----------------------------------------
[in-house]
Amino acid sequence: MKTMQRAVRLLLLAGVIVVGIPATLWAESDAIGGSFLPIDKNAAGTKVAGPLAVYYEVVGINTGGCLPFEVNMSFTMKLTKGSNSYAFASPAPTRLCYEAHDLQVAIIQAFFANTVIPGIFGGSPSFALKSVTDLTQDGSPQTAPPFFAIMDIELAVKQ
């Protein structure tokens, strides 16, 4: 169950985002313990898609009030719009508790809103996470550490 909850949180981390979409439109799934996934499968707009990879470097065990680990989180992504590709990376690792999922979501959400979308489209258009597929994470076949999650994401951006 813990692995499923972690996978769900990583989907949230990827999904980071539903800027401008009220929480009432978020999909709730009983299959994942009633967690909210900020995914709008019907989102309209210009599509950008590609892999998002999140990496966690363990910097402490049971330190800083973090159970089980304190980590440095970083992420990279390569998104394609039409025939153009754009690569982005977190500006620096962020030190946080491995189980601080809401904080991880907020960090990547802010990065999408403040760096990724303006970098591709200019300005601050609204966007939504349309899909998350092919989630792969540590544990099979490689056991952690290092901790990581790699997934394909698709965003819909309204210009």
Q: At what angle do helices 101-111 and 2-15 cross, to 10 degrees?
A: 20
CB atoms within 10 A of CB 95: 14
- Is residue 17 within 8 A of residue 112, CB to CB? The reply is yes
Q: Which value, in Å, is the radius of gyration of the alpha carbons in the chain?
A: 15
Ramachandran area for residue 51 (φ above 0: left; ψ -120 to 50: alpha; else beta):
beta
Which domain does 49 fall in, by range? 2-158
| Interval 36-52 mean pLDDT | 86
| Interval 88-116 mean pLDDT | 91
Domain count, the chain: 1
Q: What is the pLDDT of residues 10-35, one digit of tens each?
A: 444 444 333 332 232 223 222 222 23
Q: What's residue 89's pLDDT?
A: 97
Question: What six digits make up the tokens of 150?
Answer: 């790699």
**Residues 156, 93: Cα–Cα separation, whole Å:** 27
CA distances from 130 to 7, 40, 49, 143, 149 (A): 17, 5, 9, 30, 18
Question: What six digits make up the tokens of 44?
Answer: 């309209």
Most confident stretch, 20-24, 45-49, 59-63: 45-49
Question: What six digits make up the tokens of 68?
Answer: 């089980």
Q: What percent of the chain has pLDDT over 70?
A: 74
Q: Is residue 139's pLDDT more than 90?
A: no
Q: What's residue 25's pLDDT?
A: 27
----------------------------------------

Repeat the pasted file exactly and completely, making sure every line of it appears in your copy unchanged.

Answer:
[in-house]
Amino acid sequence: MKTMQRAVRLLLLAGVIVVGIPATLWAESDAIGGSFLPIDKNAAGTKVAGPLAVYYEVVGINTGGCLPFEVNMSFTMKLTKGSNSYAFASPAPTRLCYEAHDLQVAIIQAFFANTVIPGIFGGSPSFALKSVTDLTQDGSPQTAPPFFAIMDIELAVKQ
């Protein structure tokens, strides 16, 4: 169950985002313990898609009030719009508790809103996470550490 909850949180981390979409439109799934996934499968707009990879470097065990680990989180992504590709990376690792999922979501959400979308489209258009597929994470076949999650994401951006 813990692995499923972690996978769900990583989907949230990827999904980071539903800027401008009220929480009432978020999909709730009983299959994942009633967690909210900020995914709008019907989102309209210009599509950008590609892999998002999140990496966690363990910097402490049971330190800083973090159970089980304190980590440095970083992420990279390569998104394609039409025939153009754009690569982005977190500006620096962020030190946080491995189980601080809401904080991880907020960090990547802010990065999408403040760096990724303006970098591709200019300005601050609204966007939504349309899909998350092919989630792969540590544990099979490689056991952690290092901790990581790699997934394909698709965003819909309204210009």
Q: At what angle do helices 101-111 and 2-15 cross, to 10 degrees?
A: 20
CB atoms within 10 A of CB 95: 14
- Is residue 17 within 8 A of residue 112, CB to CB? The reply is yes
Q: Which value, in Å, is the radius of gyration of the alpha carbons in the chain?
A: 15
Ramachandran area for residue 51 (φ above 0: left; ψ -120 to 50: alpha; else beta):
beta
Which domain does 49 fall in, by range? 2-158
| Interval 36-52 mean pLDDT | 86
| Interval 88-116 mean pLDDT | 91
Domain count, the chain: 1
Q: What is the pLDDT of residues 10-35, one digit of tens each?
A: 444 444 333 332 232 223 222 222 23
Q: What's residue 89's pLDDT?
A: 97
Question: What six digits make up the tokens of 150?
Answer: 């790699």
**Residues 156, 93: Cα–Cα separation, whole Å:** 27
CA distances from 130 to 7, 40, 49, 143, 149 (A): 17, 5, 9, 30, 18
Question: What six digits make up the tokens of 44?
Answer: 């309209």
Most confident stretch, 20-24, 45-49, 59-63: 45-49
Question: What six digits make up the tokens of 68?
Answer: 């089980």
Q: What percent of the chain has pLDDT over 70?
A: 74
Q: Is residue 139's pLDDT more than 90?
A: no
Q: What's residue 25's pLDDT?
A: 27